Mr. Tuzer is an unexpected contrast to some Western stereotypes of an Islamic holy man. Baby-faced and clean-shaven, he has a fashion sense more in keeping with rock star than with preacher. On a recent day at the village mosque he calls home, he wore white skinny jeans, a red military-style jacket and zip-up leather boots with Cuban heels. He is active on Twitter and Facebook and dreams of recording with Madonna, an artist he says shares his affinities for "spirituality" and "breaking boundaries." The ringtone on his smartphone is George Michael's "Careless Whisper," although his wife says he changes it "at least once a week."
Mr. Tuzer's views on some sensitive religious subjects such as homosexuality could also surprise some. He says his guiding inspiration in the physical world is Freddie Mercury, the Queen frontman and longtime gay icon who died of an AIDS-related illness in 1991.
"I try to channel Freddie when I rehearse and perform. I don't think there will be another man like him again—he left a legacy of beautiful values," the imam said.
Ahmed Tuzer chants the Azan. Mathias Depardon for The Wall Street Journal
Given his small record sales and a thin rock pedigree, it could be tempting to belittle the imam's musical ambitions. But FiRock's lead, guitarist Dogan Sakin, goes some way to compensating for the holy man's lack of chops. Now 53 and graying—but still rocking his hair below the shoulders—the guitarist has for three decades played with some of Turkey's notable hard-rock outfits.
Ahmet and Dogan aren't exactly Mick and Keith.
"If he was a typical imam I couldn't work with him," Mr. Sakin says. Lighting one cigarette from the butt of another, he adds: "I'm a rocker. I like a drink, I don't live up to expectations of a religious life. But it works. He learns from me musically and I learn from him spiritually."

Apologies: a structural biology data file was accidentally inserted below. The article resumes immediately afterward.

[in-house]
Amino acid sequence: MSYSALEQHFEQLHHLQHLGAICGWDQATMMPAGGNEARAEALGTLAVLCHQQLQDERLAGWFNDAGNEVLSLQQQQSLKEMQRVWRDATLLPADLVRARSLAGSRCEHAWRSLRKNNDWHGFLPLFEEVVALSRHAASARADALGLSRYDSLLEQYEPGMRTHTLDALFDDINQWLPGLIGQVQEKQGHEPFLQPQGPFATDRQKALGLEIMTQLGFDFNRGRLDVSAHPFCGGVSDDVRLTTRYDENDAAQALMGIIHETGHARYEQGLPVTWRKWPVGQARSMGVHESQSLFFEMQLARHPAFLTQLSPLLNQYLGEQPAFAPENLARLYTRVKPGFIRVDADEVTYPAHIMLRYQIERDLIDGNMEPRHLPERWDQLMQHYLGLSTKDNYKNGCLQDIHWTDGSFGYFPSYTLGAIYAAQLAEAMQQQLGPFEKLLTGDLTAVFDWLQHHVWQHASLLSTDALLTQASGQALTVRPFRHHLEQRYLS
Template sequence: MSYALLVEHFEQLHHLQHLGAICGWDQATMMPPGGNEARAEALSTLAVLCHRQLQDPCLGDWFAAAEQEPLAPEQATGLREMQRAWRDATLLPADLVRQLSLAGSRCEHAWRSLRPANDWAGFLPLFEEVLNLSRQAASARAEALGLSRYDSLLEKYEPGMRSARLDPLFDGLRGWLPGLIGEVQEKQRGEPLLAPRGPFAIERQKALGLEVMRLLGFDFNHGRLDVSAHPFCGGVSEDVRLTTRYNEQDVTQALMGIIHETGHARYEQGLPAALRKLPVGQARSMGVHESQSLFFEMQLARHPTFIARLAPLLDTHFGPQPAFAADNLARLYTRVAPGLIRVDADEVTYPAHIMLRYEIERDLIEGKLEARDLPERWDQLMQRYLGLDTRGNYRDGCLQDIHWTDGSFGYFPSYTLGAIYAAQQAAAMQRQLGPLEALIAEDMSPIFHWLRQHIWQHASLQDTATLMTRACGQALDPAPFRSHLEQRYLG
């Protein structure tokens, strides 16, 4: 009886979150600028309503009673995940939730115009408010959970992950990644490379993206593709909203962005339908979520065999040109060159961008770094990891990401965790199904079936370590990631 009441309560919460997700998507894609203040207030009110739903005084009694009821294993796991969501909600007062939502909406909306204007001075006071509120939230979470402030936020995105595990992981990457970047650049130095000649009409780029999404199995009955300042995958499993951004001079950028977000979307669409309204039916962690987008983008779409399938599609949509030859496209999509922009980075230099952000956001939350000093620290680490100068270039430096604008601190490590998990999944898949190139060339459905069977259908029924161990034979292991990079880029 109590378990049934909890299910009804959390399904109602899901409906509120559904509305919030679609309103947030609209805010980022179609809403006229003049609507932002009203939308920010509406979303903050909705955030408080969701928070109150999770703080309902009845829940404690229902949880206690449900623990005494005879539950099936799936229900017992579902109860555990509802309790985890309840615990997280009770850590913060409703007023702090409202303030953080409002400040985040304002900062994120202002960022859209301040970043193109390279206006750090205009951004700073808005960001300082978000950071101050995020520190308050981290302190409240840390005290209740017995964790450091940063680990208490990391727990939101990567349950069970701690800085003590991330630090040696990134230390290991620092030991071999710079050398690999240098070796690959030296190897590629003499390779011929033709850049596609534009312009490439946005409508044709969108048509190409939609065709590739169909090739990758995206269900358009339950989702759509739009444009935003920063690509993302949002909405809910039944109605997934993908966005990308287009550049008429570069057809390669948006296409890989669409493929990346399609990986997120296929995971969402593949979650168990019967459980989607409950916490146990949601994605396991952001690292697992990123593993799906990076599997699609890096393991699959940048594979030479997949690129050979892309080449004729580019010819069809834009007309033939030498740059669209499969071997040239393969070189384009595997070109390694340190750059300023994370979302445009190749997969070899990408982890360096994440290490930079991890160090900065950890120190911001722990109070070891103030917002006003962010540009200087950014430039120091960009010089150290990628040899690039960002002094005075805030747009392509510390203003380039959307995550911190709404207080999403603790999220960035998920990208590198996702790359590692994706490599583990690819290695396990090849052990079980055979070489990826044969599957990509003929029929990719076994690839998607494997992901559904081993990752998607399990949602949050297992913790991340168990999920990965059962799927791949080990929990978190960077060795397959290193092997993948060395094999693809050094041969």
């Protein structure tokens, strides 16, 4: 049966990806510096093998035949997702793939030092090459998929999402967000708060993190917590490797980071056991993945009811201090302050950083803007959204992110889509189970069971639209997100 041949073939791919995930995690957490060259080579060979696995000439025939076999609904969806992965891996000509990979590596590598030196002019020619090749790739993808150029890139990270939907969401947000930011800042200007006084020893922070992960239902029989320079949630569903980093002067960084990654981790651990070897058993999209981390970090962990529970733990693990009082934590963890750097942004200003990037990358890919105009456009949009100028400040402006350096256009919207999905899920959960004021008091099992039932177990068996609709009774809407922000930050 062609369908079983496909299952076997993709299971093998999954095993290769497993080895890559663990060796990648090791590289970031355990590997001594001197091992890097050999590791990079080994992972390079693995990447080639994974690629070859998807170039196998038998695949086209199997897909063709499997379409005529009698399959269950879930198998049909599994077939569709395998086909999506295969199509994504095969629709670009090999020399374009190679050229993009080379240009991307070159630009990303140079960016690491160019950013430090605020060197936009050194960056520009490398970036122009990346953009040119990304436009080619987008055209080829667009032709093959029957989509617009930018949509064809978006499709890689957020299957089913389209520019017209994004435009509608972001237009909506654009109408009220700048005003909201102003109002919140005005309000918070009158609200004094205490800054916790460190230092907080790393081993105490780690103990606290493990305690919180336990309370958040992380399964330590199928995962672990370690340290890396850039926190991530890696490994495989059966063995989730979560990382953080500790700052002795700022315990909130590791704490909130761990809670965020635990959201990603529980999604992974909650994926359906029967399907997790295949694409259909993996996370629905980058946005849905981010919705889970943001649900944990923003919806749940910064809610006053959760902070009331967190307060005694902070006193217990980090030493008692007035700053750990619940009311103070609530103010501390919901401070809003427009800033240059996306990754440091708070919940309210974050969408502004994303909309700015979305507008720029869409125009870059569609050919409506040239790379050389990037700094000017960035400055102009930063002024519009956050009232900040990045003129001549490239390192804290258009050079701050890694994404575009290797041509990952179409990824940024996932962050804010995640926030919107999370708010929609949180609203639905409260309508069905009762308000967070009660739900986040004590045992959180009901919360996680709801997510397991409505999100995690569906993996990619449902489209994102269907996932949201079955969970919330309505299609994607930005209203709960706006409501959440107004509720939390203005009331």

FiRock isn't the first time Mr. Tuzer has tested boundaries in Turkey: When he married his wife, Ana Mara, a Romanian Orthodox Christian in 2000, he was the first state-employed imam in Turkey to wed outside the faith.
She later converted to Islam but doesn't cover her head. The couple has a 13-year-old son.
"My husband has an unusual style," she said as Mr. Tuzer scrolled through videos of his band rehearsing on his smartphone. "But I'm so glad he's doing what he was born to do."
In sleepy Pinarbasi village, the mostly retired locals also appear supportive, if a little perplexed by Mr. Tuzer's mission to fuse religion and rock.
After afternoon prayers on Thursday, Yusuf Acar, the 67-year-old village headman—equivalent to a local councilor—said he was supporting the imam's musical adventure and had even been to a recent gig, which he described as "nice."
"We wish him good luck and we're proud of him, of course," said Mr. Acar, He added that he didn't listen to the imam's music at home as hearing his call to prayer was "quite enough."
With attention for his band growing but his day job now at stake, Mr. Tuzer is mulling FiRock's next steps. The band's new album, "Time of Change," is due for release later this month. Niki Kaiser, a folk artist from Oakland, Calif., offered help to set up concerts in the U.S., although no dates are confirmed yet.
"We want to play all over the world…If the authorities try to stop me, I will fight them in court," he says. "The Prophet Muhammad would have approved of my mission."
—Ayla Albayrak contributed to this article.